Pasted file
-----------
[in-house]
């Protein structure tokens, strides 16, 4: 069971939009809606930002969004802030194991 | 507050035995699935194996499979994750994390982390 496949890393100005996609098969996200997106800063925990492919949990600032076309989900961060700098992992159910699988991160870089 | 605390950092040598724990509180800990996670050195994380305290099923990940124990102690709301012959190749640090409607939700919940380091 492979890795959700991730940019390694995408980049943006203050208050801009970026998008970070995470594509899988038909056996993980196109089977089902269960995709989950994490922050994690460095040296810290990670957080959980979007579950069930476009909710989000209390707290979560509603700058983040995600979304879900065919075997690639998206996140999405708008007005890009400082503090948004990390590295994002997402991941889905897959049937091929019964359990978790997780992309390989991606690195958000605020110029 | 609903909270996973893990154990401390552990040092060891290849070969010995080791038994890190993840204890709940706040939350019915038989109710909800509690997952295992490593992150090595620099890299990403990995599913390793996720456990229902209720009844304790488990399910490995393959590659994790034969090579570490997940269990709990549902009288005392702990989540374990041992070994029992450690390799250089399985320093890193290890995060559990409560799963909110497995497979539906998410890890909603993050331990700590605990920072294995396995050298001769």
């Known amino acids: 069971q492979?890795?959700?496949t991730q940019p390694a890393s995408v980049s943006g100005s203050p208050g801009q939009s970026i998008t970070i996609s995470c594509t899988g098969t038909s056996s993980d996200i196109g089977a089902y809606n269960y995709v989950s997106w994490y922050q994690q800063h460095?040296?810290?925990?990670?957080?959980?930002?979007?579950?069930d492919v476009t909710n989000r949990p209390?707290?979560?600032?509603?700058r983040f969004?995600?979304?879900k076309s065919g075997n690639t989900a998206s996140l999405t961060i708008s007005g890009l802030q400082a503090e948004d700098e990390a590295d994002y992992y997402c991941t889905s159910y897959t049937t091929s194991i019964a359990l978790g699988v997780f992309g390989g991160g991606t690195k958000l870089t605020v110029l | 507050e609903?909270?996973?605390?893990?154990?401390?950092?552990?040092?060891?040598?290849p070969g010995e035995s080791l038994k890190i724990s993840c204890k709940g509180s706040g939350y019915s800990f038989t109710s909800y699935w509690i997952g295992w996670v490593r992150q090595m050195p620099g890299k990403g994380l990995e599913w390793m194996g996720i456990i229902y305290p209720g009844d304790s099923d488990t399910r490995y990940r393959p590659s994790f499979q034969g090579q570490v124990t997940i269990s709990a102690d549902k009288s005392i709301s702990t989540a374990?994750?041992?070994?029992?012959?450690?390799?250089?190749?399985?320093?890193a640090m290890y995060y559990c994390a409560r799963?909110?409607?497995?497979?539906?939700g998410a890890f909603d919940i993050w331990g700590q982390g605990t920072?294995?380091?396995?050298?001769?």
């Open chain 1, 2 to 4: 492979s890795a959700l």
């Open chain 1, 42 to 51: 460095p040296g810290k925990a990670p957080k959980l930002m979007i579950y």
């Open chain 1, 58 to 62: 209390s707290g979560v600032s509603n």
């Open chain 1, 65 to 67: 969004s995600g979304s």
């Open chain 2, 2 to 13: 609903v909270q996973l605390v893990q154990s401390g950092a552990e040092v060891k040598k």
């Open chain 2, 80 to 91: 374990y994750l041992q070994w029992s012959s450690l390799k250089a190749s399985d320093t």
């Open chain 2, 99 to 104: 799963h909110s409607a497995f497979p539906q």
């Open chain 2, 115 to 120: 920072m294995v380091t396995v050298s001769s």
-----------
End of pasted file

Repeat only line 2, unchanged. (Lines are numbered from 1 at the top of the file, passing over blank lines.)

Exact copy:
């Protein structure tokens, strides 16, 4: 069971939009809606930002969004802030194991 | 507050035995699935194996499979994750994390982390 496949890393100005996609098969996200997106800063925990492919949990600032076309989900961060700098992992159910699988991160870089 | 605390950092040598724990509180800990996670050195994380305290099923990940124990102690709301012959190749640090409607939700919940380091 492979890795959700991730940019390694995408980049943006203050208050801009970026998008970070995470594509899988038909056996993980196109089977089902269960995709989950994490922050994690460095040296810290990670957080959980979007579950069930476009909710989000209390707290979560509603700058983040995600979304879900065919075997690639998206996140999405708008007005890009400082503090948004990390590295994002997402991941889905897959049937091929019964359990978790997780992309390989991606690195958000605020110029 | 609903909270996973893990154990401390552990040092060891290849070969010995080791038994890190993840204890709940706040939350019915038989109710909800509690997952295992490593992150090595620099890299990403990995599913390793996720456990229902209720009844304790488990399910490995393959590659994790034969090579570490997940269990709990549902009288005392702990989540374990041992070994029992450690390799250089399985320093890193290890995060559990409560799963909110497995497979539906998410890890909603993050331990700590605990920072294995396995050298001769």